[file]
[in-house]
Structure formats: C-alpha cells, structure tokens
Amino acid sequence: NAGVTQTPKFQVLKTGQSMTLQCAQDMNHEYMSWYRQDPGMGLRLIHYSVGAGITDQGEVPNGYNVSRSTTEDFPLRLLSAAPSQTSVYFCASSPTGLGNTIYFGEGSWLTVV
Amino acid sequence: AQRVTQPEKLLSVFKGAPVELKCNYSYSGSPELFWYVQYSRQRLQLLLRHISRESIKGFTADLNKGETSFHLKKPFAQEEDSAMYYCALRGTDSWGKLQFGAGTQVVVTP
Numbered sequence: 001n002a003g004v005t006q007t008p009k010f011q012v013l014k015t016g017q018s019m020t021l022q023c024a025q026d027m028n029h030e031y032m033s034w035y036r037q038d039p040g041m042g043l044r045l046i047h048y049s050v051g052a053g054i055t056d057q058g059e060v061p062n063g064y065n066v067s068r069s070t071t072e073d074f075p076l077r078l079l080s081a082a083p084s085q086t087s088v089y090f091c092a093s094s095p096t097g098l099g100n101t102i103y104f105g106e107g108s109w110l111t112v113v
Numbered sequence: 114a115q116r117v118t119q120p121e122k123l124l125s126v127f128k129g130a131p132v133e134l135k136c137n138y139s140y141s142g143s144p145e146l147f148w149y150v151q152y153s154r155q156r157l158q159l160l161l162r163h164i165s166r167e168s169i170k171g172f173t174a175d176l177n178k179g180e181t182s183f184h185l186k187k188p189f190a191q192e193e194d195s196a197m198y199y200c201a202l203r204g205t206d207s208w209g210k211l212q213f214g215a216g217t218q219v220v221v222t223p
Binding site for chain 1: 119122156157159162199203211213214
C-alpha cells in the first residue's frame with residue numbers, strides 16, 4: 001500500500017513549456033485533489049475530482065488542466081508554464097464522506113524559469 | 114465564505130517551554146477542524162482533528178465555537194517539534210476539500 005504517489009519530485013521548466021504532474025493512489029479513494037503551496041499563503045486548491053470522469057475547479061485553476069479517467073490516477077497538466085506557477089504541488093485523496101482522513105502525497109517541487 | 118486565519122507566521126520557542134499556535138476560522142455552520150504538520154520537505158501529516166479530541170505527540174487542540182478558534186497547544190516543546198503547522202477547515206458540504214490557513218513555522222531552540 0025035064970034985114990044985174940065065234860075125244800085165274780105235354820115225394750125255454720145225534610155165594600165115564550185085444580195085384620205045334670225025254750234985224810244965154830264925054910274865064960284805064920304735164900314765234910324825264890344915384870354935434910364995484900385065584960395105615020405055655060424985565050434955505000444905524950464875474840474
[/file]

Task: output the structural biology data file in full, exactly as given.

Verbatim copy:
[in-house]
Structure formats: C-alpha cells, structure tokens
Amino acid sequence: NAGVTQTPKFQVLKTGQSMTLQCAQDMNHEYMSWYRQDPGMGLRLIHYSVGAGITDQGEVPNGYNVSRSTTEDFPLRLLSAAPSQTSVYFCASSPTGLGNTIYFGEGSWLTVV
Amino acid sequence: AQRVTQPEKLLSVFKGAPVELKCNYSYSGSPELFWYVQYSRQRLQLLLRHISRESIKGFTADLNKGETSFHLKKPFAQEEDSAMYYCALRGTDSWGKLQFGAGTQVVVTP
Numbered sequence: 001n002a003g004v005t006q007t008p009k010f011q012v013l014k015t016g017q018s019m020t021l022q023c024a025q026d027m028n029h030e031y032m033s034w035y036r037q038d039p040g041m042g043l044r045l046i047h048y049s050v051g052a053g054i055t056d057q058g059e060v061p062n063g064y065n066v067s068r069s070t071t072e073d074f075p076l077r078l079l080s081a082a083p084s085q086t087s088v089y090f091c092a093s094s095p096t097g098l099g100n101t102i103y104f105g106e107g108s109w110l111t112v113v
Numbered sequence: 114a115q116r117v118t119q120p121e122k123l124l125s126v127f128k129g130a131p132v133e134l135k136c137n138y139s140y141s142g143s144p145e146l147f148w149y150v151q152y153s154r155q156r157l158q159l160l161l162r163h164i165s166r167e168s169i170k171g172f173t174a175d176l177n178k179g180e181t182s183f184h185l186k187k188p189f190a191q192e193e194d195s196a197m198y199y200c201a202l203r204g205t206d207s208w209g210k211l212q213f214g215a216g217t218q219v220v221v222t223p
Binding site for chain 1: 119122156157159162199203211213214
C-alpha cells in the first residue's frame with residue numbers, strides 16, 4: 001500500500017513549456033485533489049475530482065488542466081508554464097464522506113524559469 | 114465564505130517551554146477542524162482533528178465555537194517539534210476539500 005504517489009519530485013521548466021504532474025493512489029479513494037503551496041499563503045486548491053470522469057475547479061485553476069479517467073490516477077497538466085506557477089504541488093485523496101482522513105502525497109517541487 | 118486565519122507566521126520557542134499556535138476560522142455552520150504538520154520537505158501529516166479530541170505527540174487542540182478558534186497547544190516543546198503547522202477547515206458540504214490557513218513555522222531552540 0025035064970034985114990044985174940065065234860075125244800085165274780105235354820115225394750125255454720145225534610155165594600165115564550185085444580195085384620205045334670225025254750234985224810244965154830264925054910274865064960284805064920304735164900314765234910324825264890344915384870354935434910364995484900385065584960395105615020405055655060424985565050434955505000444905524950464875474840474